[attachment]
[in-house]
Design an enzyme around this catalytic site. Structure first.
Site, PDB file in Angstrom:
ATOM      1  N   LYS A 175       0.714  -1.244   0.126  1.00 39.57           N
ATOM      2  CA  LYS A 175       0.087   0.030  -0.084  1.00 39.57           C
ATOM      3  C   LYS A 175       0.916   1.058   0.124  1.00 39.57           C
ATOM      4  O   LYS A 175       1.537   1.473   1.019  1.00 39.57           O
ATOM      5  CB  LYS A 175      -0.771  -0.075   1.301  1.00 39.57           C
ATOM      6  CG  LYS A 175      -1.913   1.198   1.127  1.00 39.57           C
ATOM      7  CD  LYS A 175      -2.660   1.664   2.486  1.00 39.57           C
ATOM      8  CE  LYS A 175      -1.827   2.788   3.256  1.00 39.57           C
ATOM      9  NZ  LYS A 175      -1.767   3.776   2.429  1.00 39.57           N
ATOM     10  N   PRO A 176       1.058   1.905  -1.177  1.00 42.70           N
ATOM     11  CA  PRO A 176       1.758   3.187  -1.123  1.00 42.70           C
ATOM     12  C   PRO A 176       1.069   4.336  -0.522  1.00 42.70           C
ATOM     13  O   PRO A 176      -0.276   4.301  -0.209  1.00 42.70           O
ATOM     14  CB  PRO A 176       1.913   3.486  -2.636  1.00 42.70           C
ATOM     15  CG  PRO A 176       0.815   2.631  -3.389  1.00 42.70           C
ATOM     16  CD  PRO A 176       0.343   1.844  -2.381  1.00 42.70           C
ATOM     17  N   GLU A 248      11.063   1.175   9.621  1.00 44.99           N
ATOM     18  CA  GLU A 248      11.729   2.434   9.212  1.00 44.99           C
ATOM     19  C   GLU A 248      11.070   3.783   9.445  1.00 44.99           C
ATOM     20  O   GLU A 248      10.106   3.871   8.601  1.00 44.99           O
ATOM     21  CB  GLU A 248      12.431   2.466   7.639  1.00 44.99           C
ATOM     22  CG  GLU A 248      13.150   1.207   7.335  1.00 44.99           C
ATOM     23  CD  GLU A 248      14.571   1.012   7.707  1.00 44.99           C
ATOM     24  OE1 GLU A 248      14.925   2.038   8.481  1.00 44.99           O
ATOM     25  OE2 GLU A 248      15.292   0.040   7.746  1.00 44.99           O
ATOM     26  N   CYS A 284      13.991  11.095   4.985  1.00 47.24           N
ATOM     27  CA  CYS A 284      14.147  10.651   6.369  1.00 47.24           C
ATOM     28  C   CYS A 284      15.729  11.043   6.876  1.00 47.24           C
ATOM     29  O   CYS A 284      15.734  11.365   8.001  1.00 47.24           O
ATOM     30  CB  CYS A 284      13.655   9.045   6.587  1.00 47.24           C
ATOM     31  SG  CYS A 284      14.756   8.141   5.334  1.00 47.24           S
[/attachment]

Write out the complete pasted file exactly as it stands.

[in-house]
Design an enzyme around this catalytic site. Structure first.
Site, PDB file in Angstrom:
ATOM      1  N   LYS A 175       0.714  -1.244   0.126  1.00 39.57           N
ATOM      2  CA  LYS A 175       0.087   0.030  -0.084  1.00 39.57           C
ATOM      3  C   LYS A 175       0.916   1.058   0.124  1.00 39.57           C
ATOM      4  O   LYS A 175       1.537   1.473   1.019  1.00 39.57           O
ATOM      5  CB  LYS A 175      -0.771  -0.075   1.301  1.00 39.57           C
ATOM      6  CG  LYS A 175      -1.913   1.198   1.127  1.00 39.57           C
ATOM      7  CD  LYS A 175      -2.660   1.664   2.486  1.00 39.57           C
ATOM      8  CE  LYS A 175      -1.827   2.788   3.256  1.00 39.57           C
ATOM      9  NZ  LYS A 175      -1.767   3.776   2.429  1.00 39.57           N
ATOM     10  N   PRO A 176       1.058   1.905  -1.177  1.00 42.70           N
ATOM     11  CA  PRO A 176       1.758   3.187  -1.123  1.00 42.70           C
ATOM     12  C   PRO A 176       1.069   4.336  -0.522  1.00 42.70           C
ATOM     13  O   PRO A 176      -0.276   4.301  -0.209  1.00 42.70           O
ATOM     14  CB  PRO A 176       1.913   3.486  -2.636  1.00 42.70           C
ATOM     15  CG  PRO A 176       0.815   2.631  -3.389  1.00 42.70           C
ATOM     16  CD  PRO A 176       0.343   1.844  -2.381  1.00 42.70           C
ATOM     17  N   GLU A 248      11.063   1.175   9.621  1.00 44.99           N
ATOM     18  CA  GLU A 248      11.729   2.434   9.212  1.00 44.99           C
ATOM     19  C   GLU A 248      11.070   3.783   9.445  1.00 44.99           C
ATOM     20  O   GLU A 248      10.106   3.871   8.601  1.00 44.99           O
ATOM     21  CB  GLU A 248      12.431   2.466   7.639  1.00 44.99           C
ATOM     22  CG  GLU A 248      13.150   1.207   7.335  1.00 44.99           C
ATOM     23  CD  GLU A 248      14.571   1.012   7.707  1.00 44.99           C
ATOM     24  OE1 GLU A 248      14.925   2.038   8.481  1.00 44.99           O
ATOM     25  OE2 GLU A 248      15.292   0.040   7.746  1.00 44.99           O
ATOM     26  N   CYS A 284      13.991  11.095   4.985  1.00 47.24           N
ATOM     27  CA  CYS A 284      14.147  10.651   6.369  1.00 47.24           C
ATOM     28  C   CYS A 284      15.729  11.043   6.876  1.00 47.24           C
ATOM     29  O   CYS A 284      15.734  11.365   8.001  1.00 47.24           O
ATOM     30  CB  CYS A 284      13.655   9.045   6.587  1.00 47.24           C
ATOM     31  SG  CYS A 284      14.756   8.141   5.334  1.00 47.24           S